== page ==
Family Research Council President Tony Perkins recently gave an unsympathetic diagnosis for the recent surge in teen suicides caused anti-gay bullying: they resort to extreme measures because they're battling with the internal understanding that homosexuality is, in fact, "abnormal."
Speaking with NPR for a piece about how religious movements fit into the anti-gay bullying equation, Perkins's analysis of the situation appeared the least forgiving.
Perkins told NPR that gay rights groups were exploiting the concern over anti-LGBT bigotry to build momentum for their movement, an argument that he has made before.
"There's no correlation between inacceptance of homosexuality and depression and suicide," Perkins told NPR.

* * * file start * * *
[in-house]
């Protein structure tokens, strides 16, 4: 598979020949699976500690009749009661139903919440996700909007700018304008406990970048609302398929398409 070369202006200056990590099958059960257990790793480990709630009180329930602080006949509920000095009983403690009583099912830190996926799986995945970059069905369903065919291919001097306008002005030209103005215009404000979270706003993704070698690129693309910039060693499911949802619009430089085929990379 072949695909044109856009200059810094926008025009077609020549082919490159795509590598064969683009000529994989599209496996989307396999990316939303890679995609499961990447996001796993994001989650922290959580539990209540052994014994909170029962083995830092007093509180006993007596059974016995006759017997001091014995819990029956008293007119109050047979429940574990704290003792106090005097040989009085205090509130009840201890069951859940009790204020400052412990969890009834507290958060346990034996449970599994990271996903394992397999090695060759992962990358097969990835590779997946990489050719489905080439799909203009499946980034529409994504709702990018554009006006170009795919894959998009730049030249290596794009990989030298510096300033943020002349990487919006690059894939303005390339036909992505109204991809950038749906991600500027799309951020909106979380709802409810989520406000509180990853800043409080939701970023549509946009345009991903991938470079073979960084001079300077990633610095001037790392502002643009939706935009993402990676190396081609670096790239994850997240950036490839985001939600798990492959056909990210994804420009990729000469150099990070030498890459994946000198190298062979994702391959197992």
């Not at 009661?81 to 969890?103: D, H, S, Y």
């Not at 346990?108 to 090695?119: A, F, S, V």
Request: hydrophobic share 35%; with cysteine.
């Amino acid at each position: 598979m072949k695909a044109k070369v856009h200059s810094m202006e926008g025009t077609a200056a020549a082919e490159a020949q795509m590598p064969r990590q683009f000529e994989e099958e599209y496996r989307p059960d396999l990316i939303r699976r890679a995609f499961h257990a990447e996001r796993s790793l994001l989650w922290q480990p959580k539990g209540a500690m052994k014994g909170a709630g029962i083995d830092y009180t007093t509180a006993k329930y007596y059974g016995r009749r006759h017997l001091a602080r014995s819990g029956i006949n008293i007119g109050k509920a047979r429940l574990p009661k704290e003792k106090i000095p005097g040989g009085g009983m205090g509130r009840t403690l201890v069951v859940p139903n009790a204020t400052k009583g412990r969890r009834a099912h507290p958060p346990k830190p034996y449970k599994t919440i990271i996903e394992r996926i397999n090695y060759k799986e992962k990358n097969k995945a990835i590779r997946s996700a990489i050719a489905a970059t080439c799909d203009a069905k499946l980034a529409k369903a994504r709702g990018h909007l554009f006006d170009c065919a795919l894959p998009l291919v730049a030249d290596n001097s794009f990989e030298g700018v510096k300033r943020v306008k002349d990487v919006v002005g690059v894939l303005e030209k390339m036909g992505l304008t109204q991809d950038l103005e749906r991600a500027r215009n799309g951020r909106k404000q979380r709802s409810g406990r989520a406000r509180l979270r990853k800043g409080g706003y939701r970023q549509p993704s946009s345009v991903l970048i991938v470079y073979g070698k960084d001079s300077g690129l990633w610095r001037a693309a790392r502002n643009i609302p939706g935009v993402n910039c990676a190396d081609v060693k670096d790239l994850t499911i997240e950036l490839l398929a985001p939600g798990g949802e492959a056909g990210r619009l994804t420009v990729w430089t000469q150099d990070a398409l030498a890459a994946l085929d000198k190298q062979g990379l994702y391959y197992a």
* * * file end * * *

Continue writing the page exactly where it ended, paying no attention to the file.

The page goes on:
Here's how Perkins explained the issue:
"These young people who identify as gay or lesbian, we know from the social science that they have a higher propensity to depression or suicide because of that internal conflict," he says.
Homosexuality is "abnormal," he says, and kids know it, which leads them to despair. That's why he wants to confront gay activism in public schools. For example, his group supports the Day of Truth, when Christian high-schoolers make their case that homosexuality is a sin.
Tony Perkins was given a platform to make a similarly uncompassionate polemic in the Washington Post earlier this month, on National Coming Out Day, no less. The paper later explained, over Twitter, that the editorial was their attempt to "cover both sides" of the debate.